NU Online News Service, June 9, 2004, 2:38 p.m. EDT – Shareholders of Prudential Financial Inc. voted overwhelmingly Tuesday to require that directors of the Newark, N.J., company be elected annually.[@@]
Members of the company’s board of directors have been elected every 3 years, on a staggered basis.
Prudential executives had urged shareholders to vote against the proposal, which is nonbinding.
The resolution was proposed by the Union of Needletrades, Industrial and Textile Employees Staff Retirement Plan, New York, an institutional investor that holds 14,000 shares of Prudential stock out of 528 million shares outstanding. A preliminary count showed the resolution was approved by 71% of the votes cast at the company’s annual meeting.
Prudential Chief Executive Art Ryan said after the vote that the board would consider the proposal.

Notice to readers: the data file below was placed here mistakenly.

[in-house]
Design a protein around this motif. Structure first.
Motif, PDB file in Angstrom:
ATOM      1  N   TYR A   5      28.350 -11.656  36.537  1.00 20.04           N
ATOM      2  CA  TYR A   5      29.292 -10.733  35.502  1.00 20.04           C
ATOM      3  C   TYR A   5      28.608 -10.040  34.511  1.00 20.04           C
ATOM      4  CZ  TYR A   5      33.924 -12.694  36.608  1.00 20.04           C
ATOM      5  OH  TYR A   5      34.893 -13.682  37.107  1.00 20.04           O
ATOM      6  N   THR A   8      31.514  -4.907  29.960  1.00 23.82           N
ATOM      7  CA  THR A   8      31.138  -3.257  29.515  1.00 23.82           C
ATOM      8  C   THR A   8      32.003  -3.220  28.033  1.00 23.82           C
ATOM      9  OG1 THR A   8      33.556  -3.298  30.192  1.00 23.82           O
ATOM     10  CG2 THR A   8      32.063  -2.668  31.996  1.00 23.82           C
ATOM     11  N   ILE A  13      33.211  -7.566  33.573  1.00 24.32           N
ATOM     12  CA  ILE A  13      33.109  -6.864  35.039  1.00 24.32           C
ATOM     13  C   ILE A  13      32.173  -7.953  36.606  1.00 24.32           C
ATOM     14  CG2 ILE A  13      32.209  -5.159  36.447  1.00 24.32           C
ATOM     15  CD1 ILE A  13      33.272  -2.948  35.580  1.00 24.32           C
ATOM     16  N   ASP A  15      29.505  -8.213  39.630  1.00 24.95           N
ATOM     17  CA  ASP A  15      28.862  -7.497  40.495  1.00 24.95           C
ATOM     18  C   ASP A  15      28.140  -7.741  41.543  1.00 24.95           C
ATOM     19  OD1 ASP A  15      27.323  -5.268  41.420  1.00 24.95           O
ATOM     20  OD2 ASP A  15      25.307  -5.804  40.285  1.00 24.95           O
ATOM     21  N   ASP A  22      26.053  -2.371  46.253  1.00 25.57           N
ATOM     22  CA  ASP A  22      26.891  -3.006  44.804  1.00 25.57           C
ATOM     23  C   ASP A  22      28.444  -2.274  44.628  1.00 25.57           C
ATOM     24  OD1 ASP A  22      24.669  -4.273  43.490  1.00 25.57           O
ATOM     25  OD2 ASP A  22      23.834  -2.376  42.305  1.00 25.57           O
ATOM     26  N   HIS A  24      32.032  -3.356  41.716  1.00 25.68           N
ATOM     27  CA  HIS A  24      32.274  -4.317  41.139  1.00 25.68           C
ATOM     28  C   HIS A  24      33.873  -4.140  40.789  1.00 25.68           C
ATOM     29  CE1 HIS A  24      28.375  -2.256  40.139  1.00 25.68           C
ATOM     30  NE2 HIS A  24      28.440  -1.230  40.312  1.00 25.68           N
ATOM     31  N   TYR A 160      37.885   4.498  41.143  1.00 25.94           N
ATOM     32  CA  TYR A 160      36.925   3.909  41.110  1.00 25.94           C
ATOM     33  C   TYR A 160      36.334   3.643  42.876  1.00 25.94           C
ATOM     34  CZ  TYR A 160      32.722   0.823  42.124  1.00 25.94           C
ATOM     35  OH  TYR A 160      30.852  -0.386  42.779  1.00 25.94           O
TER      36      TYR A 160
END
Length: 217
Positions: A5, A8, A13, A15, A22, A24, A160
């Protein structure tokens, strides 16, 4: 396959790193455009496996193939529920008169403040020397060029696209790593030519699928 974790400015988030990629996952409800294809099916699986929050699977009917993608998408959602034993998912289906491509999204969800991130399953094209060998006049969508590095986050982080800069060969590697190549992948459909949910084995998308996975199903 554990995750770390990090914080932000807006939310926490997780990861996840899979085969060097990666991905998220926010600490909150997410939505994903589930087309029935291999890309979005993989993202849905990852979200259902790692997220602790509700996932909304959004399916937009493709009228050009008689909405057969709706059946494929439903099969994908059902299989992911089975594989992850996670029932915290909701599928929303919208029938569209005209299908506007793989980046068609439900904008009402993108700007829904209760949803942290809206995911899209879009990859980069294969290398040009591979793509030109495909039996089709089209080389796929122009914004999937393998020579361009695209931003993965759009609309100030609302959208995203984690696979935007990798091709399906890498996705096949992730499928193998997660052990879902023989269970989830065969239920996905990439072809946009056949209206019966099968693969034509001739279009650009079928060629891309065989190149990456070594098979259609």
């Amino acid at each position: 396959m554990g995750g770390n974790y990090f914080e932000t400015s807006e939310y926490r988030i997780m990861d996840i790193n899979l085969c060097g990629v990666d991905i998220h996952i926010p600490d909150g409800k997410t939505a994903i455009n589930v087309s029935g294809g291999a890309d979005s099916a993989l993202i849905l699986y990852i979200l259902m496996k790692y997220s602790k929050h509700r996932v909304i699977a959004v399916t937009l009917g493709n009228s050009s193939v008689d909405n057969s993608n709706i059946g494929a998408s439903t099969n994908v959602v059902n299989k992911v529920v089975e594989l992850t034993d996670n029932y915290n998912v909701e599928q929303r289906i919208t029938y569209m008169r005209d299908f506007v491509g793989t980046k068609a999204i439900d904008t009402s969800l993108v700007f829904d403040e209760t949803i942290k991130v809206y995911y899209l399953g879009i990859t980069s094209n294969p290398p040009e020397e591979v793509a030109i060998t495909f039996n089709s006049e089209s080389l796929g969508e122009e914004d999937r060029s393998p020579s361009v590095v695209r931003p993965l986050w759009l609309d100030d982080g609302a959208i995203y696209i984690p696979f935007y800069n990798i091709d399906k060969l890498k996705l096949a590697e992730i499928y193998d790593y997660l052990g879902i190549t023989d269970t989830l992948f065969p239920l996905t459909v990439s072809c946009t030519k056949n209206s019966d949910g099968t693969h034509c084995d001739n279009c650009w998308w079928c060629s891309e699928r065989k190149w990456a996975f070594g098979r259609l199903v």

The practice of electing one-third of a board’s directors each year is common at publicly held companies, but the UNITE resolution said eliminating the 3-year director election cycle would increase board accountability. “Increasingly, institutional investors are calling for the end of this system,” UNITE said in its resolution.
Opponents of the 3-year director election cycle include the California Public Employees Retirement System and the New York City and New York State pension funds, and several large companies have switched to annual director elections, UNITE said.
Before the vote, the Prudential board said the company and its shareholders decided when the company demutualized in 2001 to elect board members to staggered 3-year terms. The board “finds no compelling reason to change a board structure that was implemented and approved less than 3 years ago,” the board said.